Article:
As you travel, you may meet fellow travelers moving away from wildfires, drought, inland flooding, failed crops, and so on. Everyone will be understanding and work together to divide the available food as equitably as possible. The police and military might be called in to help smooth over any disagreements. You may see a few skirmishes crossing borders and so forth, but new drones and fortified structures will offer substantial protection to the good immigrants, like yourself. The people who die in conflict should have been more careful.
So don’t worry about the old Earth. She’ll keep spinning as long as she is destined to, with or without you. And don’t be too concerned about yourself, either. You’ve survived this far. Surely your good luck will continue. It’s a shame about the animals going extinct, though, and the poor people who have lost their homes. And you’ll always have your memories of how things were.
I don’t think I’m the only one to notice that Percy Bysshe Shelley‘s “Mask of Anarchy” seems amazingly relevant to current efforts to suppress the voices and will of workers around the world. So, I’ve taken the poem almost verbatim, made a few textual changes, and changed the names of the politicians to the names of Tea Party members and others in the Republican party. For more info on the poem, see The Guardian‘s partial explication.
Here is my take:
As I lay asleep in Houston, Texas
I heard a voice declare war on us,
And with great power it led me
To walk in visions of Poetry.
I met Murder as the widows began crying—
He had a mask like Paul Ryan—
Very smooth he looked, yet grim;
Seven blood-hounds followed him:
All were fat in the savage crew,
For one by one, and two by two,
He tossed them human hearts to chew
Which from his wide cloak he drew.
Next came Fraud, and he had on,
Like John Boehner, an ermined gown;
His big tears, for he wept well,
Turned to mill-stones as they fell.
And the little children, who
Believed him to be true,
Thinking every tear a gem,
Had their brains knocked out by them.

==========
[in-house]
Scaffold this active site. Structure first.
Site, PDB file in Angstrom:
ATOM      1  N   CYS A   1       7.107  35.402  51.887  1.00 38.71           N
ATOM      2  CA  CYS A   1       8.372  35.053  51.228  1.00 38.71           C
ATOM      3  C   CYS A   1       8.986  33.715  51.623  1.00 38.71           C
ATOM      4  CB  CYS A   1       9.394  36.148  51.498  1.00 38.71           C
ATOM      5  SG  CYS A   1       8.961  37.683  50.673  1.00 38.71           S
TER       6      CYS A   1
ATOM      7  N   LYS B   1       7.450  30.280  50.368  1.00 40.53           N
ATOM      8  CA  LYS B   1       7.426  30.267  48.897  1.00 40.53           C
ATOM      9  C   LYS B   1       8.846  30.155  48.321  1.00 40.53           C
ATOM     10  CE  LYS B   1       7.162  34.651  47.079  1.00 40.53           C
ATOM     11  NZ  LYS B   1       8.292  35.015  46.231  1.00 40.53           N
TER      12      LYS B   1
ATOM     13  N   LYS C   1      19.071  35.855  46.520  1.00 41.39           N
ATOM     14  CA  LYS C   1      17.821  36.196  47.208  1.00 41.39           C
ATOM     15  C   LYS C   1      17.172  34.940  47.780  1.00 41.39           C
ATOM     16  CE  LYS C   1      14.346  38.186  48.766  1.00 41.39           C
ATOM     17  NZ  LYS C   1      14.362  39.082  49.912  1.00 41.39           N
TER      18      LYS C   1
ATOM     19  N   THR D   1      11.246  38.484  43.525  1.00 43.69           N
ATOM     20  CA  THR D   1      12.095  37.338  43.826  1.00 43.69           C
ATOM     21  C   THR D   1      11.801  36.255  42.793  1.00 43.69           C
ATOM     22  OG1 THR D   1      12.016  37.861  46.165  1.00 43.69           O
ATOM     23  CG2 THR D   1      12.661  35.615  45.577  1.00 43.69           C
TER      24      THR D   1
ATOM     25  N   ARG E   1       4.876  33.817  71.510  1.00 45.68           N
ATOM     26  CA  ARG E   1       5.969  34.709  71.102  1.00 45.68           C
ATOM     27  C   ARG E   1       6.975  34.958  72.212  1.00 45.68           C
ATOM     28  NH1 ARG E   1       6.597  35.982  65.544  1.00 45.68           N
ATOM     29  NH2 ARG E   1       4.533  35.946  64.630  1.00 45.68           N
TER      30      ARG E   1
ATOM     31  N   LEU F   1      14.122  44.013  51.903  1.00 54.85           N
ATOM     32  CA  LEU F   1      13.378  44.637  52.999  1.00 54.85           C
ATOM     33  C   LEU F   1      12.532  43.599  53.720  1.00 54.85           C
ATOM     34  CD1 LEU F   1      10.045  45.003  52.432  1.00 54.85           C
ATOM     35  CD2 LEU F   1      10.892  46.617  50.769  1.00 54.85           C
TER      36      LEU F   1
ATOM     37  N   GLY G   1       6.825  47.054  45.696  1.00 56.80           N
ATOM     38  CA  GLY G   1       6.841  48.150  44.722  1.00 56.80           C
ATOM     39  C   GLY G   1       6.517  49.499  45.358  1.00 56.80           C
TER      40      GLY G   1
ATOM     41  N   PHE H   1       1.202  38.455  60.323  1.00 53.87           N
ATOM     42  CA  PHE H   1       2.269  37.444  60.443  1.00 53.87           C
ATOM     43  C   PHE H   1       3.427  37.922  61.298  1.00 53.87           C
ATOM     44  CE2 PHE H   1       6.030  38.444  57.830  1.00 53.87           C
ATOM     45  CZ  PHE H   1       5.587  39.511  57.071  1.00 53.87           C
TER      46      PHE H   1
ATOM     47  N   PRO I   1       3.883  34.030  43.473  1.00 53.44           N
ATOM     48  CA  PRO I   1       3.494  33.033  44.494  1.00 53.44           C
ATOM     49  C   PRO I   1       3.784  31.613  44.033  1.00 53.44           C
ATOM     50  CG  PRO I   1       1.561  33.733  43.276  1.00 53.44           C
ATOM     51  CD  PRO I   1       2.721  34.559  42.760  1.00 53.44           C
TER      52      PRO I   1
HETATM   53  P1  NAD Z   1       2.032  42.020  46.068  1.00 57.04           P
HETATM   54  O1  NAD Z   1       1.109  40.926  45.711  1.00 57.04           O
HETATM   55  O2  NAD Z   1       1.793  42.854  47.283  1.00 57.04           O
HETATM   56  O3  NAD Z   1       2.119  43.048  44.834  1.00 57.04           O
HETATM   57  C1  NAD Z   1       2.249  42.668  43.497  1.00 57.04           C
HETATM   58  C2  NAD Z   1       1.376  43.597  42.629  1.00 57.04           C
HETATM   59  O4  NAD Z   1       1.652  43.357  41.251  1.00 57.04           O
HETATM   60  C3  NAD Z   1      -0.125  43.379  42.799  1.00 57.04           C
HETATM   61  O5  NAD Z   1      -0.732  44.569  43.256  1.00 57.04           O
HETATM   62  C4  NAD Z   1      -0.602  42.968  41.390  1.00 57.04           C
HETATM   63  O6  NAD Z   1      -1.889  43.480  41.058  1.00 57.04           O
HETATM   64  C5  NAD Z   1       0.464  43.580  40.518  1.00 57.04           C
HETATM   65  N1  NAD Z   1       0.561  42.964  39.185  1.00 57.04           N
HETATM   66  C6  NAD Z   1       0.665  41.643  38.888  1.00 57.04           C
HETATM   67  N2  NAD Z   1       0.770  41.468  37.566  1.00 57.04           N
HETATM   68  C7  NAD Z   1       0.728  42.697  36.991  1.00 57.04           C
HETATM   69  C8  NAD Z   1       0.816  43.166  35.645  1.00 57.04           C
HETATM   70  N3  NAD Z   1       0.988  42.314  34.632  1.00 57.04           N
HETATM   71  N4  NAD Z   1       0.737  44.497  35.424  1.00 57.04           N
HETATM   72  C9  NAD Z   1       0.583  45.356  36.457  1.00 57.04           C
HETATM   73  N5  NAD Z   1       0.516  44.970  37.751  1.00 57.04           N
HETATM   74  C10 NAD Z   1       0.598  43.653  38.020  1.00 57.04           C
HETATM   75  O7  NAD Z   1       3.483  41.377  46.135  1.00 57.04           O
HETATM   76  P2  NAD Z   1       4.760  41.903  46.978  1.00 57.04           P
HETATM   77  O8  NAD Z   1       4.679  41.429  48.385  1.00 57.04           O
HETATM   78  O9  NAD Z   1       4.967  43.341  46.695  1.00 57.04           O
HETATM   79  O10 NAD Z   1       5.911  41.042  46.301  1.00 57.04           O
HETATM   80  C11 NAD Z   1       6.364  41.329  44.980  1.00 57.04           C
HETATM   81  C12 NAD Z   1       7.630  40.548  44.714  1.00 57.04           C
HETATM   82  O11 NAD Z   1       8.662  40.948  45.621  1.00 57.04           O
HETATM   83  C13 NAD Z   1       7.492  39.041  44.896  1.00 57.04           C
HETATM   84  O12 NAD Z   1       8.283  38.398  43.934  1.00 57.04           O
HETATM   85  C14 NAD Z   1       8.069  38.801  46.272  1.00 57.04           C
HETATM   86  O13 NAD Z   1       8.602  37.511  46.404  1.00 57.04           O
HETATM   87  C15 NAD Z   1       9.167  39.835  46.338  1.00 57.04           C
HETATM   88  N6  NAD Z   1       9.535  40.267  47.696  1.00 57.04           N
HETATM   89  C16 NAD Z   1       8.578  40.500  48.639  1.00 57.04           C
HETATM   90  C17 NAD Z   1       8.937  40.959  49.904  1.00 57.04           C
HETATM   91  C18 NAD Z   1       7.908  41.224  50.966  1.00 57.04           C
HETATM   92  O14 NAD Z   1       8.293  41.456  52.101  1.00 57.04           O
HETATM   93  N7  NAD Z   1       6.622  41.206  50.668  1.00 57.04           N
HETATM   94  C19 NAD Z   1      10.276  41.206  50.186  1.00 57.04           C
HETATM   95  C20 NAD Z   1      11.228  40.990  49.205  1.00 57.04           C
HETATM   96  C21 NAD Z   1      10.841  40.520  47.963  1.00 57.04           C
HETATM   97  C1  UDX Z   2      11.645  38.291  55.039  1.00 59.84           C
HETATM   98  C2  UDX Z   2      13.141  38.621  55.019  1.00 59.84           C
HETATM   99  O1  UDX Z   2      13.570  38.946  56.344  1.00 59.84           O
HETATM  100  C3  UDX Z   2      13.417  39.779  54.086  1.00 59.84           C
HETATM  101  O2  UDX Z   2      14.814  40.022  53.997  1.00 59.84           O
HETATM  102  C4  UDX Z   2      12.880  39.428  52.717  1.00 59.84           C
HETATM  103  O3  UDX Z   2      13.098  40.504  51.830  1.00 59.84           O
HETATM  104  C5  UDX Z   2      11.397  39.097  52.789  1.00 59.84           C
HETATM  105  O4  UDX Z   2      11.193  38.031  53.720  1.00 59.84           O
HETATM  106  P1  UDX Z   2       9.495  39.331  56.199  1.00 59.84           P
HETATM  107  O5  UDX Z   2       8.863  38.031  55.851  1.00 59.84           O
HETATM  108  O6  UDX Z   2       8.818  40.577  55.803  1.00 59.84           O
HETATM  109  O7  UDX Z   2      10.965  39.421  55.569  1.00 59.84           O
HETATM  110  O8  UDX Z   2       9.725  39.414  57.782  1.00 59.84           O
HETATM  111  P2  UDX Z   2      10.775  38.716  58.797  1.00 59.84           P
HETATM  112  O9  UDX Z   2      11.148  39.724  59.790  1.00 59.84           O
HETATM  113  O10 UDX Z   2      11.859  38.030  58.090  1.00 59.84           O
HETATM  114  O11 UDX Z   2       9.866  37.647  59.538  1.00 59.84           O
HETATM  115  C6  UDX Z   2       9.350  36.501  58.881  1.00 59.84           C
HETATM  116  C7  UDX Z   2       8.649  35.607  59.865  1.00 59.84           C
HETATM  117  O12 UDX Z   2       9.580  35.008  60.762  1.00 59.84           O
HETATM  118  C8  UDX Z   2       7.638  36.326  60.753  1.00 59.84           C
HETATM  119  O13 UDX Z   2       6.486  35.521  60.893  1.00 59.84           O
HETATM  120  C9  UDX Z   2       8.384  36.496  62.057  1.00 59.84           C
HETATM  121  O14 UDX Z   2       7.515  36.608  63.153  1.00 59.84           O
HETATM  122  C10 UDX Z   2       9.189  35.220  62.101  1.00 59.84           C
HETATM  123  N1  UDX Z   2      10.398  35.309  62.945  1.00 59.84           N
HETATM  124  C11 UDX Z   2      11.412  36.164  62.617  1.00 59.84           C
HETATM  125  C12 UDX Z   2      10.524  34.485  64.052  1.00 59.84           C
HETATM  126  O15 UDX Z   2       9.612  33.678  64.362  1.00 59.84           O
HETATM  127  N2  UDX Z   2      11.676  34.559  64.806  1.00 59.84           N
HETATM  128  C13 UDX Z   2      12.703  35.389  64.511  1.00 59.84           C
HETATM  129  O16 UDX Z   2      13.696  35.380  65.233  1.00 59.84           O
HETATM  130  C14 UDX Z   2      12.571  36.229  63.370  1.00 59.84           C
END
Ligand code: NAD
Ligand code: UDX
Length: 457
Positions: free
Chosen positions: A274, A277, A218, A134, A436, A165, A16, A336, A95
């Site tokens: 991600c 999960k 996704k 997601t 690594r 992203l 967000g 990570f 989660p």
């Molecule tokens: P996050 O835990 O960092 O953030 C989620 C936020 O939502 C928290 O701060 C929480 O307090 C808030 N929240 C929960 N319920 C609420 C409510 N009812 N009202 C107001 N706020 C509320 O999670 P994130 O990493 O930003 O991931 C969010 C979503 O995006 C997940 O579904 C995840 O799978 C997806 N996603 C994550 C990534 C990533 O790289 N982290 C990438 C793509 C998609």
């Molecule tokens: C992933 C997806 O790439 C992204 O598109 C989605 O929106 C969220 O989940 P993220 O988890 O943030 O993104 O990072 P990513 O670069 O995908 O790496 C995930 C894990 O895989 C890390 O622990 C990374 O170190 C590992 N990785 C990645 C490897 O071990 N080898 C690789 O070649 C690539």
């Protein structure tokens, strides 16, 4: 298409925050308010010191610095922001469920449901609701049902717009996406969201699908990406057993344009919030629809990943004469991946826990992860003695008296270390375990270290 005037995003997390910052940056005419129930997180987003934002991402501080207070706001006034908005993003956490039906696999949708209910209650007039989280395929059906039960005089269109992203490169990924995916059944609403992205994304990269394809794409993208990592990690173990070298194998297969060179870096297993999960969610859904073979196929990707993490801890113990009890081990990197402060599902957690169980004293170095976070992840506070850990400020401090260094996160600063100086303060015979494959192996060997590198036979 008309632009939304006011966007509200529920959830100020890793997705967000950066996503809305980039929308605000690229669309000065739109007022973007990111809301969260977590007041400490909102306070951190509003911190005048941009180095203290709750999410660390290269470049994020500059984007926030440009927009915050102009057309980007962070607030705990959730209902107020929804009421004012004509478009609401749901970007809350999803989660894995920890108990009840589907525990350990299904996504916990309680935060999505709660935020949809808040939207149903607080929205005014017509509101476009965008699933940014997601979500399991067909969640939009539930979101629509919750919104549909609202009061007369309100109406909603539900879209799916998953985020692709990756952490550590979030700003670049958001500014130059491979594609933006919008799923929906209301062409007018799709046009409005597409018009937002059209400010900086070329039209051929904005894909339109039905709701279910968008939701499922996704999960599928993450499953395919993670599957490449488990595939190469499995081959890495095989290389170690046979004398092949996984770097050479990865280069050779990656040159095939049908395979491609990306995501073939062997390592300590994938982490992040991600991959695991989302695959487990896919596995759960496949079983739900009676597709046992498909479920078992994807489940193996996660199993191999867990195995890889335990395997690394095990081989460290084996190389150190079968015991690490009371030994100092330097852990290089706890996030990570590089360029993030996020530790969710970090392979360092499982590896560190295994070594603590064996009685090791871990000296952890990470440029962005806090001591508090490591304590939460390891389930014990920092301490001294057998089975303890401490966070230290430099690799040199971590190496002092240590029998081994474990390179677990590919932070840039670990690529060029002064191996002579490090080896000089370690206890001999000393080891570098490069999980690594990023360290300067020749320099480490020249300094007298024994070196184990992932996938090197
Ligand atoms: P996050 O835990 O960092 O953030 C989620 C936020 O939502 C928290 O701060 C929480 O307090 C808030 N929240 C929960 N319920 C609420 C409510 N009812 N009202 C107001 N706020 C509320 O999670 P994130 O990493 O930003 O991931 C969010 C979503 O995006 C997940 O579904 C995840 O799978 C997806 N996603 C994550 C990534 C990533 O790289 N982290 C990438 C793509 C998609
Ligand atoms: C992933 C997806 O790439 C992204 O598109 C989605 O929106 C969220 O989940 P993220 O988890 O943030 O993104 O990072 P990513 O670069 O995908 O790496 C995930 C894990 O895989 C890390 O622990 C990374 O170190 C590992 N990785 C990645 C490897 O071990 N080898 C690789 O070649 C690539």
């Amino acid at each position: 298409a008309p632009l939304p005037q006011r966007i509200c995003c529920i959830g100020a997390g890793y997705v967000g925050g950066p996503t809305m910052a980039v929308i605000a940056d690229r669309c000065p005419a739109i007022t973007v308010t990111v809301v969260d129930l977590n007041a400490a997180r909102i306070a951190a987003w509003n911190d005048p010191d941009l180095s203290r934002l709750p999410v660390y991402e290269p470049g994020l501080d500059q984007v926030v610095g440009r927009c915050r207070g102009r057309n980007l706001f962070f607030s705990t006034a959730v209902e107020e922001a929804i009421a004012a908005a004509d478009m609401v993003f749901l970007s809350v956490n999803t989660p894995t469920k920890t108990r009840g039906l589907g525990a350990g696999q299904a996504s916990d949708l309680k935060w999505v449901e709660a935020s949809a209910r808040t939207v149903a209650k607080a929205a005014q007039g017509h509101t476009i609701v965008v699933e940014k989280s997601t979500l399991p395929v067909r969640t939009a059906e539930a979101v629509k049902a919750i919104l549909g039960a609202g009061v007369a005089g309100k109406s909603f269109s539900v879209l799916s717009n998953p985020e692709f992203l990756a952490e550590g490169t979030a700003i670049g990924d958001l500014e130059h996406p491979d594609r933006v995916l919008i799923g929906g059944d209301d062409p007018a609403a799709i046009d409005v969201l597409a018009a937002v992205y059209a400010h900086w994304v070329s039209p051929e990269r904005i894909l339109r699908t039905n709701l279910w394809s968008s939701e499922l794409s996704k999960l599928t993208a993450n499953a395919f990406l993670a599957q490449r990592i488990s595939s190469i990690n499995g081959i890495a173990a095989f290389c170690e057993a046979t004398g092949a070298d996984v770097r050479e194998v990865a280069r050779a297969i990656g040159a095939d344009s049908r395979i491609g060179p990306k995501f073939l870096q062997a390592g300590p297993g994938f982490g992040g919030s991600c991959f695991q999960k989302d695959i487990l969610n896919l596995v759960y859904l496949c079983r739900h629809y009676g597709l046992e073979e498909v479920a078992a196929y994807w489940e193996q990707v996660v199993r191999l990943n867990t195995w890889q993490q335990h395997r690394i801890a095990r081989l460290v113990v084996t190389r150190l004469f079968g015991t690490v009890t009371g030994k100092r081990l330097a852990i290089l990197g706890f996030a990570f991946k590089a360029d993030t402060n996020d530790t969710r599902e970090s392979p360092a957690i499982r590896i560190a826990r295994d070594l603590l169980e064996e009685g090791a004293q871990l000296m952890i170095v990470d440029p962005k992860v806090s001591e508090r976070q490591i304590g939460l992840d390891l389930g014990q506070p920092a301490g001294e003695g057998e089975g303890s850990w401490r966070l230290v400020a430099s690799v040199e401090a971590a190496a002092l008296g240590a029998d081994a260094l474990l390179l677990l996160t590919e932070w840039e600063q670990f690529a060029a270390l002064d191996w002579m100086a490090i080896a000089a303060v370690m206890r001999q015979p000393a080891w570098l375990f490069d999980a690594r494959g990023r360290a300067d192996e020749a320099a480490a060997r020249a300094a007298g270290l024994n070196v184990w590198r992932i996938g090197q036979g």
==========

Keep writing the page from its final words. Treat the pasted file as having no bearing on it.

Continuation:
Clothed with the Bible, as with light,
And the shadows of the night.
Like Perry, next, Hypocrisy
On a crocodile rode by.
And many more Destructions played
In this ghastly masquerade,
All disguised, even to the eyes,
Like Bishops, lawyers, peers, and spies.
Last came Anarchy : he rode
On a white horse, splashed with blood;
He was pale even to the lips,
Like Death in the Apocalypse.
And he wore a kingly crown;
And in his grasp a sceptre shone;
On his brow this mark I saw—
‘I AM CRUZ, GOD, KING, AND LAW!’
With a pace stately and fast,
Over Texas land he passed,
Trampling to a mire of blood
The adoring multitude.
And with a mighty troop around
With their trampling shook the ground,
Waving each a bloody sword,
For the service of their Lord.
And with glorious triumph they
Rode through Texas proud and gay,
Drunk as with intoxication
Of wine of wanton destruction.
And each dweller, panic-stricken,
Felt his heart with terror sicken
Hearing the tempestuous cry
Of the triumph of Anarchy.
For from pomp to meet him came,
Clothed in arms like blood and flame,
The hired murderers, who did sing
‘Thou art God, and Law, and King.
‘We have waited weak and lone
For thy coming, Mighty One!
Our purses are empty, our swords are cold,
Give us glory, and blood, and gold.’
And Anarchy, the Skeleton,
Bowed and grinned to every one,
As well as if his education
Had cost billions to the nation.
When one fled past, a maniac maid,
And her name was Hope, she said:
But she looked more like Despair,
And she cried out in the air:
‘My father Time is weak and gray
With waiting for a Change this day;
So long as Anarchy rages on still,
The world awaits a reborn will!
‘He has had child after child,
And the dust of death is piled
Over every one but me—
Misery, oh, Misery!’
Then she lay down in the street,
Right before the horses feet,
Expecting, with a patient eye,
Murder, Fraud, and Anarchy.
And the prostrate multitude
Looked—and ankle-deep in blood,
Hope, that maiden most serene,
Was walking with a quiet mien:
To an accent unwithstood,—
As if her heart cried out aloud:
‘People of conscience, heirs of Glory,
Heroes of unwritten story,
‘Rise like Lions after slumber
In unvanquishable number.
Shake your chains to earth like dew
Which in sleep had fallen on you—
You are many—they are few.
‘What is Freedom?—you can tell
That which slavery is, too well—
For its very name has grown
To an echo of your own.
But change rose as a two-headed monster
Each head struggling to devour the other
But Hope nourishes the stricken half
And leaves Gold with a dark epitaph
“Let not this monster rise again.
Squelch the greed that lies within.”
We are not, as impostors say,
A shadow soon to pass away.
We ‘Rise like Lions after slumber
In unvanquishable number—
Shake our chains to earth like dew
We are many—they are few.’